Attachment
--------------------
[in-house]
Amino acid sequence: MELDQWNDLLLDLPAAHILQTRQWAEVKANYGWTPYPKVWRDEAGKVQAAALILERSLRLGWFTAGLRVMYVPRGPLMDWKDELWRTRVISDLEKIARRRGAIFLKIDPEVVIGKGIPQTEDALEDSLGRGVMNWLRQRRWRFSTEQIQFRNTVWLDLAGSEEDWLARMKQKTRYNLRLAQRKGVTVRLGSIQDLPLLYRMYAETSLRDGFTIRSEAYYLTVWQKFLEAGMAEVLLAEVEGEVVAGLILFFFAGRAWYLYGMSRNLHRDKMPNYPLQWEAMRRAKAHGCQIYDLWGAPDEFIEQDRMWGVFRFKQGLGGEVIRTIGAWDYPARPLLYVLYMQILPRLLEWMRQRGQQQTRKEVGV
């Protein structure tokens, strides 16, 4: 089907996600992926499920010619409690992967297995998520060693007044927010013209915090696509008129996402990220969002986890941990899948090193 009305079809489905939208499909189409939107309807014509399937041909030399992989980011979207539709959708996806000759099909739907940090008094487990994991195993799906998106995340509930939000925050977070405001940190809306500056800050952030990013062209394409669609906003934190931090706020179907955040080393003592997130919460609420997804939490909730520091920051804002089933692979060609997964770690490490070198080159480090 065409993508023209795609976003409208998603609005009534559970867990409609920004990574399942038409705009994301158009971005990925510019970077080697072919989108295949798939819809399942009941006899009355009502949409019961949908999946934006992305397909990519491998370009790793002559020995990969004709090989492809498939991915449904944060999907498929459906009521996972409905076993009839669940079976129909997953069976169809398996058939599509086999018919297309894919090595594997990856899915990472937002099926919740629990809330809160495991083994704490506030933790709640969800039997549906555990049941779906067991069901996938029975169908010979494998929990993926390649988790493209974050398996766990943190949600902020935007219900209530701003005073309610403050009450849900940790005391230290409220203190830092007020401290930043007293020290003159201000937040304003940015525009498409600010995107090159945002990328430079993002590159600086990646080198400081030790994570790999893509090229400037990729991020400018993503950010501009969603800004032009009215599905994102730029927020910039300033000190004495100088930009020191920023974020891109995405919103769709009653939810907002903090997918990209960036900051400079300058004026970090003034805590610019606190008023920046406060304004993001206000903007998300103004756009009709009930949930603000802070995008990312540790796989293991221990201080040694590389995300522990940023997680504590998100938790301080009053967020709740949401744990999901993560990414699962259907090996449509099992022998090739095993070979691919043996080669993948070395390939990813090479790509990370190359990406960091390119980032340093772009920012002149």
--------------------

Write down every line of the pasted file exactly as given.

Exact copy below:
[in-house]
Amino acid sequence: MELDQWNDLLLDLPAAHILQTRQWAEVKANYGWTPYPKVWRDEAGKVQAAALILERSLRLGWFTAGLRVMYVPRGPLMDWKDELWRTRVISDLEKIARRRGAIFLKIDPEVVIGKGIPQTEDALEDSLGRGVMNWLRQRRWRFSTEQIQFRNTVWLDLAGSEEDWLARMKQKTRYNLRLAQRKGVTVRLGSIQDLPLLYRMYAETSLRDGFTIRSEAYYLTVWQKFLEAGMAEVLLAEVEGEVVAGLILFFFAGRAWYLYGMSRNLHRDKMPNYPLQWEAMRRAKAHGCQIYDLWGAPDEFIEQDRMWGVFRFKQGLGGEVIRTIGAWDYPARPLLYVLYMQILPRLLEWMRQRGQQQTRKEVGV
């Protein structure tokens, strides 16, 4: 089907996600992926499920010619409690992967297995998520060693007044927010013209915090696509008129996402990220969002986890941990899948090193 009305079809489905939208499909189409939107309807014509399937041909030399992989980011979207539709959708996806000759099909739907940090008094487990994991195993799906998106995340509930939000925050977070405001940190809306500056800050952030990013062209394409669609906003934190931090706020179907955040080393003592997130919460609420997804939490909730520091920051804002089933692979060609997964770690490490070198080159480090 065409993508023209795609976003409208998603609005009534559970867990409609920004990574399942038409705009994301158009971005990925510019970077080697072919989108295949798939819809399942009941006899009355009502949409019961949908999946934006992305397909990519491998370009790793002559020995990969004709090989492809498939991915449904944060999907498929459906009521996972409905076993009839669940079976129909997953069976169809398996058939599509086999018919297309894919090595594997990856899915990472937002099926919740629990809330809160495991083994704490506030933790709640969800039997549906555990049941779906067991069901996938029975169908010979494998929990993926390649988790493209974050398996766990943190949600902020935007219900209530701003005073309610403050009450849900940790005391230290409220203190830092007020401290930043007293020290003159201000937040304003940015525009498409600010995107090159945002990328430079993002590159600086990646080198400081030790994570790999893509090229400037990729991020400018993503950010501009969603800004032009009215599905994102730029927020910039300033000190004495100088930009020191920023974020891109995405919103769709009653939810907002903090997918990209960036900051400079300058004026970090003034805590610019606190008023920046406060304004993001206000903007998300103004756009009709009930949930603000802070995008990312540790796989293991221990201080040694590389995300522990940023997680504590998100938790301080009053967020709740949401744990999901993560990414699962259907090996449509099992022998090739095993070979691919043996080669993948070395390939990813090479790509990370190359990406960091390119980032340093772009920012002149």